With the aroma of Badam Halwa tickling our noses, we prepared ourselves to unfold the life of a woman who chose to raise all the grave issues our society is burdened with. A Fine Arts Graduate in sculpture making, Shweta Bhattad could not find solace in exhibiting her art in the confinement of a gallery.
She started off at a very young age of 16, taking up issues and depicting them through varied art forms. In order to reach more people, Shweta Bhattad took the medium of performance art. But she realised not many people understood the crux of her performance. Art needs to be moulded in a form familiar to its audience for it to be understood. She doesn’t restrict her craft to a certain medium but binds her performance to the concept.
Like on visiting a small village in Rajasthan, she came to know how girls were deprived of even basic education in life, whereas, the boys were encouraged for the same. To raise this issue, Shweta Bhattad made Uplas (cow dung cakes), took footprints of the girls, and asked the girls to write their dreams on them. The villagers were astonished to know the vivid aspirations their daughters had. From then on, she has been conducting and participating in various Art Residencies (a place where Artists meet, discuss & project the theme through their collective Art) around the world. Her concepts range from basic fundamental rights to bold issues. Hailing from a small village near Nagpur, Paradsinga, Shweta Bhattad has contributed and played a vital role in developing the lives of the people there. She, with her team,has set up a unit for making eco-friendly Raakhis, with a seed in the center, so that it can be shown later on under the Gram Art Project. Her aim is to make lives sustainable and the society realise that it’s time to remove the existing taboos. Shweta Bhattad has had her share of criticism and appreciation. Her most appreciated & acknowledged performances include Project Faith, Venus Fly, trap, Bharatmatain Taiwan, Three Course Meal And The Dessert Of Vomit among others.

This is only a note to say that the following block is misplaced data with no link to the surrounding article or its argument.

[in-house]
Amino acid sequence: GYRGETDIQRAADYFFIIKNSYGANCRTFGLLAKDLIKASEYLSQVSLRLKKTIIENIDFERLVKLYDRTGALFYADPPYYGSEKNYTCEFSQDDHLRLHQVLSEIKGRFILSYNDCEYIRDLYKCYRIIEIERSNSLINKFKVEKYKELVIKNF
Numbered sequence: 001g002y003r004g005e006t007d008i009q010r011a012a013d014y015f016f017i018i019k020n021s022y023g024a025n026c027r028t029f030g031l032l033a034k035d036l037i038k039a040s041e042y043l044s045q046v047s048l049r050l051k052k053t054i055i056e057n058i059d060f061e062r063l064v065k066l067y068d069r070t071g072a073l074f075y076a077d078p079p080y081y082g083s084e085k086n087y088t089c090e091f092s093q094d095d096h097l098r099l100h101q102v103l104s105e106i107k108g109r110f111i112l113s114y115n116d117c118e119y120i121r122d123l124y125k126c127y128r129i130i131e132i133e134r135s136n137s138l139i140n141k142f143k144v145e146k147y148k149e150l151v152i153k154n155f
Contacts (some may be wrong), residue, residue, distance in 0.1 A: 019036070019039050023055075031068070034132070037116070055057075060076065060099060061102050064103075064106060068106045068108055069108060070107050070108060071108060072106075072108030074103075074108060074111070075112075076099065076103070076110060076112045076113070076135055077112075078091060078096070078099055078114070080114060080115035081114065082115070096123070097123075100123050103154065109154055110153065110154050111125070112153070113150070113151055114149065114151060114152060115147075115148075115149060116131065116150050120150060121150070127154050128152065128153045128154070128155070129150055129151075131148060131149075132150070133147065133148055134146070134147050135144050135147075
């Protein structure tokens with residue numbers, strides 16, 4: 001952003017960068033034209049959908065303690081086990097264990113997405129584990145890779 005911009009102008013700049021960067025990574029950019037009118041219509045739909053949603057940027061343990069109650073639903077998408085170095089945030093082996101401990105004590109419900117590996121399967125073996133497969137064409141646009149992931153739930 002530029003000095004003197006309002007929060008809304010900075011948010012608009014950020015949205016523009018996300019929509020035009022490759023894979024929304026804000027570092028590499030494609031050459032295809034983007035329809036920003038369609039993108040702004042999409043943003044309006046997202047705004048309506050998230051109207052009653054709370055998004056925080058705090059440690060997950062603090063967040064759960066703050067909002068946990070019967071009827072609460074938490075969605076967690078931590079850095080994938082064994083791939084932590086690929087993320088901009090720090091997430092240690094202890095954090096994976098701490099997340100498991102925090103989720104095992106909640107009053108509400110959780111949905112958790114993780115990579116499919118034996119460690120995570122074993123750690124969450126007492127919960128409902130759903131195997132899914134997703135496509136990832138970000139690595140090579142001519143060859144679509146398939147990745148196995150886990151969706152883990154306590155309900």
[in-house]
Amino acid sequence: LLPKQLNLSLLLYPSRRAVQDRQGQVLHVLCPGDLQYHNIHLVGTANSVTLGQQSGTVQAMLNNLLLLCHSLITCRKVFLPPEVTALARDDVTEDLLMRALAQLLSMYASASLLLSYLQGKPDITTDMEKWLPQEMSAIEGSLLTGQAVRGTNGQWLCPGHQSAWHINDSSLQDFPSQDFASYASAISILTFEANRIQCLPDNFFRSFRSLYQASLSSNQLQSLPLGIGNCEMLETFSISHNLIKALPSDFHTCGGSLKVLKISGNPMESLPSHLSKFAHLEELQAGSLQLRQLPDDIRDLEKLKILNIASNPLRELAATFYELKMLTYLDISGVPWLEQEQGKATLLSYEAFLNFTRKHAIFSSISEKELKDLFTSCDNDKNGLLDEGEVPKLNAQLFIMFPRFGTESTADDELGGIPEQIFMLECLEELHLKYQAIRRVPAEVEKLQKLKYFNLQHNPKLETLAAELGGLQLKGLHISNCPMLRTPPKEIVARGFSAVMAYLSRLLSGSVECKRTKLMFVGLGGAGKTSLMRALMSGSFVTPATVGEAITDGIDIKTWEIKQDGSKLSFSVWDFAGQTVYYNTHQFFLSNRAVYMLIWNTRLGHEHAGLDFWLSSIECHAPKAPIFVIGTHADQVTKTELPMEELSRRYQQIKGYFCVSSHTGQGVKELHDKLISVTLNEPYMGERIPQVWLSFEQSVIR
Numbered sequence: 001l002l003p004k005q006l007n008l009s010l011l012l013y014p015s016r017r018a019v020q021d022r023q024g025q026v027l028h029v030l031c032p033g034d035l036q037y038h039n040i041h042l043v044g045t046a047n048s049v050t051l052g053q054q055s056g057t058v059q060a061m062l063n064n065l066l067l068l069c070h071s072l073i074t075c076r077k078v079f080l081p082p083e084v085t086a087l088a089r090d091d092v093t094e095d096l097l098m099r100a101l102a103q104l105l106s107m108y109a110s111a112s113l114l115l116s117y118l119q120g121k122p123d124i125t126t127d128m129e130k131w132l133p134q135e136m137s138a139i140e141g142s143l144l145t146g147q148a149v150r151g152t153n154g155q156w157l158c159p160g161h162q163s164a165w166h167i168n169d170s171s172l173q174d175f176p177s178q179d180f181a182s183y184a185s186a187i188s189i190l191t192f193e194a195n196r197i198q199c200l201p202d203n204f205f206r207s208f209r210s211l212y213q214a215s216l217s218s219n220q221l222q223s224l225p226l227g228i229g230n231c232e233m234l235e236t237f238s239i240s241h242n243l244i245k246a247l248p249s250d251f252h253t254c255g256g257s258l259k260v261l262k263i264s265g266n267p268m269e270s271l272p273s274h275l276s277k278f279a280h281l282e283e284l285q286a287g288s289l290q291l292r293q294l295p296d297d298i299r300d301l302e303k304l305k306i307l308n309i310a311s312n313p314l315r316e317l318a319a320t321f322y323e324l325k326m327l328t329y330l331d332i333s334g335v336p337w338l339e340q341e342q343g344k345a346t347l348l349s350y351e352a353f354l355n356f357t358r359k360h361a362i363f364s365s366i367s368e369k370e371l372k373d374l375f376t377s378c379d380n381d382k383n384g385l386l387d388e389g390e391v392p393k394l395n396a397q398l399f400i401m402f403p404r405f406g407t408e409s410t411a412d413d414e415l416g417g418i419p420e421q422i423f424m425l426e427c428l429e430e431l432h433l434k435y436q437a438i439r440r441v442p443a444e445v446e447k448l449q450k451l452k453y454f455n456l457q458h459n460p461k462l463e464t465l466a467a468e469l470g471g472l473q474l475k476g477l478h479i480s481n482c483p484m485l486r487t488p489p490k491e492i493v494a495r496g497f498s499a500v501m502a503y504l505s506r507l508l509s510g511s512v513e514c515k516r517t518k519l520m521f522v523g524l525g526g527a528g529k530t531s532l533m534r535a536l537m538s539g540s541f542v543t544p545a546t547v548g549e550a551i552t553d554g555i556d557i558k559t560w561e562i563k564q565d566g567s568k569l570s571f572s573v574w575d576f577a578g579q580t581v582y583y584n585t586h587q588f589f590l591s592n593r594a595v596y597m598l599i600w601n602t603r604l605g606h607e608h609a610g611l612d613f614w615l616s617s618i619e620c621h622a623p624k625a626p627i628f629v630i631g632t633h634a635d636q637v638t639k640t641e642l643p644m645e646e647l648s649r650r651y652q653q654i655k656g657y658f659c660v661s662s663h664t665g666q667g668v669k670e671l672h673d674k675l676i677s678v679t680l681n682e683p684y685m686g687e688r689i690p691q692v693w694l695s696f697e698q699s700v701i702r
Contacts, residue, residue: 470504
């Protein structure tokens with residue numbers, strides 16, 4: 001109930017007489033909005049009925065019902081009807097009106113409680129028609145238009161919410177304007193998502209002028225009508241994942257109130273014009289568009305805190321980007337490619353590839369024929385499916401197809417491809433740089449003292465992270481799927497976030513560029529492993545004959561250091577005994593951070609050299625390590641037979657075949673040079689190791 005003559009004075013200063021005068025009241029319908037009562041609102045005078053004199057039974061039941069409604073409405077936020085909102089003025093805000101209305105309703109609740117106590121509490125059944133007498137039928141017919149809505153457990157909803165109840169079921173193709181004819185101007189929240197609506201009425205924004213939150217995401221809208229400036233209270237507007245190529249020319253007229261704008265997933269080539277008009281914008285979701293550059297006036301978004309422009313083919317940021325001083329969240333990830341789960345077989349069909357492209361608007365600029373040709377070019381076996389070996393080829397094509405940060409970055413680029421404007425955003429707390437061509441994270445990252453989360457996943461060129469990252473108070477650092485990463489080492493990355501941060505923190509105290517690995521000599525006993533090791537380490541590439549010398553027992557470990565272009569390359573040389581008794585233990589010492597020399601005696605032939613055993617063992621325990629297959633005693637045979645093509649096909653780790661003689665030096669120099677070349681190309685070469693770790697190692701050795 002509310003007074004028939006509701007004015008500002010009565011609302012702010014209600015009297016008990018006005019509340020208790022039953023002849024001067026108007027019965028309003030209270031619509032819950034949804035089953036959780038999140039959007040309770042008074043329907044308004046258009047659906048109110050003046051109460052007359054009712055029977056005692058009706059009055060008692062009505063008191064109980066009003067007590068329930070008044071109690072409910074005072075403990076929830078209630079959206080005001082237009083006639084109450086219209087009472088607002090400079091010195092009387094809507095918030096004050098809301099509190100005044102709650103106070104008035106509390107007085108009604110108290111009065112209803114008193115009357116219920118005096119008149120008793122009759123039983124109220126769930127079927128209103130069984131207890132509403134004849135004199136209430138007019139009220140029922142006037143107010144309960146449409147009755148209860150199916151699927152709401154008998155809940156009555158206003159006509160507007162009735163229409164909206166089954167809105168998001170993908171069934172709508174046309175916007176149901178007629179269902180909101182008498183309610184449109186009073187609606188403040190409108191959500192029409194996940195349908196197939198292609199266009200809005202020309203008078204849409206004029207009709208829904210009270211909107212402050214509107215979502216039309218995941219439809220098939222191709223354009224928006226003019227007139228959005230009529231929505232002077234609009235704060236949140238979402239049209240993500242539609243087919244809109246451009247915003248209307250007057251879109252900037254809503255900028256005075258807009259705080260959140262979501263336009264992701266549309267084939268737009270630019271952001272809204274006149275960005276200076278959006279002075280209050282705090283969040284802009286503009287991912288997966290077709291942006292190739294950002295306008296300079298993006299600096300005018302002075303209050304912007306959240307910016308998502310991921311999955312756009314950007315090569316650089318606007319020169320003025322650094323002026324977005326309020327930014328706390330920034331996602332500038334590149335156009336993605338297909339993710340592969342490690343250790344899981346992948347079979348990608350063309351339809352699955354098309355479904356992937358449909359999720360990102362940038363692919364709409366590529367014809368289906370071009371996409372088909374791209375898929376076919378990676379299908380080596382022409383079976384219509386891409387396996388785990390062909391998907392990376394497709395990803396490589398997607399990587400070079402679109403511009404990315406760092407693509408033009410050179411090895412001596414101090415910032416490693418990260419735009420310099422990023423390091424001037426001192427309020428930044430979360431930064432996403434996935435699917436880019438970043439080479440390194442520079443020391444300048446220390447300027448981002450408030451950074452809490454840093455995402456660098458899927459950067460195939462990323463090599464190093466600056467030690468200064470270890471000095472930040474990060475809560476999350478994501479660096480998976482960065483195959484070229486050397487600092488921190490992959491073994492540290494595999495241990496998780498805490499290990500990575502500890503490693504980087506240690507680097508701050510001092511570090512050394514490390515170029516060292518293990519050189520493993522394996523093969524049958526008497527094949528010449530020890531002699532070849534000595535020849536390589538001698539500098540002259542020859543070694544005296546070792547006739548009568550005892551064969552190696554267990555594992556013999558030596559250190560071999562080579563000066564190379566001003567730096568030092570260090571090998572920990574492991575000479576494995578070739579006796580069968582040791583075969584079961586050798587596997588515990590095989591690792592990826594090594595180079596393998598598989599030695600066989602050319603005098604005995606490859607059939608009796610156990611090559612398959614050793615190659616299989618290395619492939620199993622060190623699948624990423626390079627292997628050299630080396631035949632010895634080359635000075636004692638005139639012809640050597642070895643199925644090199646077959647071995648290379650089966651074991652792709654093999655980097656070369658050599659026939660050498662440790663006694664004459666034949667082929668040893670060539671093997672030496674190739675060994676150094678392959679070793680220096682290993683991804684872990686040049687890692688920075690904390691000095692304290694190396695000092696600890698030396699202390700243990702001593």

From her home to her family relationships, everything speaks Simple & Sustainable. And yes, even the Badam Halwa is made without preservatives and yet lasts for 6-7 months! This is her mother, Usha Bhattad’s brainchild, created so that her far away living children can also have their favourite mom-made halwa anytime. And we know where the ideology is adapted from.